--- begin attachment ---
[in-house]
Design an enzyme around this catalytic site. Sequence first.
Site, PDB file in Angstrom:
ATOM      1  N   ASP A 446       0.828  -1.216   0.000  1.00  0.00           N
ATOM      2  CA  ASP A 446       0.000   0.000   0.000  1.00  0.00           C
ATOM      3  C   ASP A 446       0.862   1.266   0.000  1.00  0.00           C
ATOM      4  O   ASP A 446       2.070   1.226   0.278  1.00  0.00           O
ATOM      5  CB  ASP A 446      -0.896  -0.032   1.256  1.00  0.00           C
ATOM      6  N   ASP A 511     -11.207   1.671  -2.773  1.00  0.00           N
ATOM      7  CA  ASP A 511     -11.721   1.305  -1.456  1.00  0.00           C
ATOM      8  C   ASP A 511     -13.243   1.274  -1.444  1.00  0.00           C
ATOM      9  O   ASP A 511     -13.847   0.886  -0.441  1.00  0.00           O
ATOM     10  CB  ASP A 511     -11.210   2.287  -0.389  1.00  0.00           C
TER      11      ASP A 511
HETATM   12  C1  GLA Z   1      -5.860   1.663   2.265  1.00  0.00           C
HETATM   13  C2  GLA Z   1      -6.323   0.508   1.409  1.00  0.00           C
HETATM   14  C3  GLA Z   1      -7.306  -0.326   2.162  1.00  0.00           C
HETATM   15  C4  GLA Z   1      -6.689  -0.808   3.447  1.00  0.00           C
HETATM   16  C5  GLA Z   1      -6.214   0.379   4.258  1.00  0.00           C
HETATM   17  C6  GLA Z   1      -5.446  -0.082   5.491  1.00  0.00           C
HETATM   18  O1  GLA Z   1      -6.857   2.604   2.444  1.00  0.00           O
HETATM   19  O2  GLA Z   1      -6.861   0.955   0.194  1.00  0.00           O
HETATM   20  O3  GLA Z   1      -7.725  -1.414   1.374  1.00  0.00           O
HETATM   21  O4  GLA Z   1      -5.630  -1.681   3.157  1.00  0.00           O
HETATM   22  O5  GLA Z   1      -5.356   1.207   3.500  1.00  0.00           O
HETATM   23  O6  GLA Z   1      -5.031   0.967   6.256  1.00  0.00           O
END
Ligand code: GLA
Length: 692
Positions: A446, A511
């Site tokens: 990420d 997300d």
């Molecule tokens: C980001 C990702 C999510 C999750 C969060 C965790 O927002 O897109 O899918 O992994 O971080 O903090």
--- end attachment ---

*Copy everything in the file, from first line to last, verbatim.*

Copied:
[in-house]
Design an enzyme around this catalytic site. Sequence first.
Site, PDB file in Angstrom:
ATOM      1  N   ASP A 446       0.828  -1.216   0.000  1.00  0.00           N
ATOM      2  CA  ASP A 446       0.000   0.000   0.000  1.00  0.00           C
ATOM      3  C   ASP A 446       0.862   1.266   0.000  1.00  0.00           C
ATOM      4  O   ASP A 446       2.070   1.226   0.278  1.00  0.00           O
ATOM      5  CB  ASP A 446      -0.896  -0.032   1.256  1.00  0.00           C
ATOM      6  N   ASP A 511     -11.207   1.671  -2.773  1.00  0.00           N
ATOM      7  CA  ASP A 511     -11.721   1.305  -1.456  1.00  0.00           C
ATOM      8  C   ASP A 511     -13.243   1.274  -1.444  1.00  0.00           C
ATOM      9  O   ASP A 511     -13.847   0.886  -0.441  1.00  0.00           O
ATOM     10  CB  ASP A 511     -11.210   2.287  -0.389  1.00  0.00           C
TER      11      ASP A 511
HETATM   12  C1  GLA Z   1      -5.860   1.663   2.265  1.00  0.00           C
HETATM   13  C2  GLA Z   1      -6.323   0.508   1.409  1.00  0.00           C
HETATM   14  C3  GLA Z   1      -7.306  -0.326   2.162  1.00  0.00           C
HETATM   15  C4  GLA Z   1      -6.689  -0.808   3.447  1.00  0.00           C
HETATM   16  C5  GLA Z   1      -6.214   0.379   4.258  1.00  0.00           C
HETATM   17  C6  GLA Z   1      -5.446  -0.082   5.491  1.00  0.00           C
HETATM   18  O1  GLA Z   1      -6.857   2.604   2.444  1.00  0.00           O
HETATM   19  O2  GLA Z   1      -6.861   0.955   0.194  1.00  0.00           O
HETATM   20  O3  GLA Z   1      -7.725  -1.414   1.374  1.00  0.00           O
HETATM   21  O4  GLA Z   1      -5.630  -1.681   3.157  1.00  0.00           O
HETATM   22  O5  GLA Z   1      -5.356   1.207   3.500  1.00  0.00           O
HETATM   23  O6  GLA Z   1      -5.031   0.967   6.256  1.00  0.00           O
END
Ligand code: GLA
Length: 692
Positions: A446, A511
């Site tokens: 990420d 997300d």
């Molecule tokens: C980001 C990702 C999510 C999750 C969060 C965790 O927002 O897109 O899918 O992994 O971080 O903090």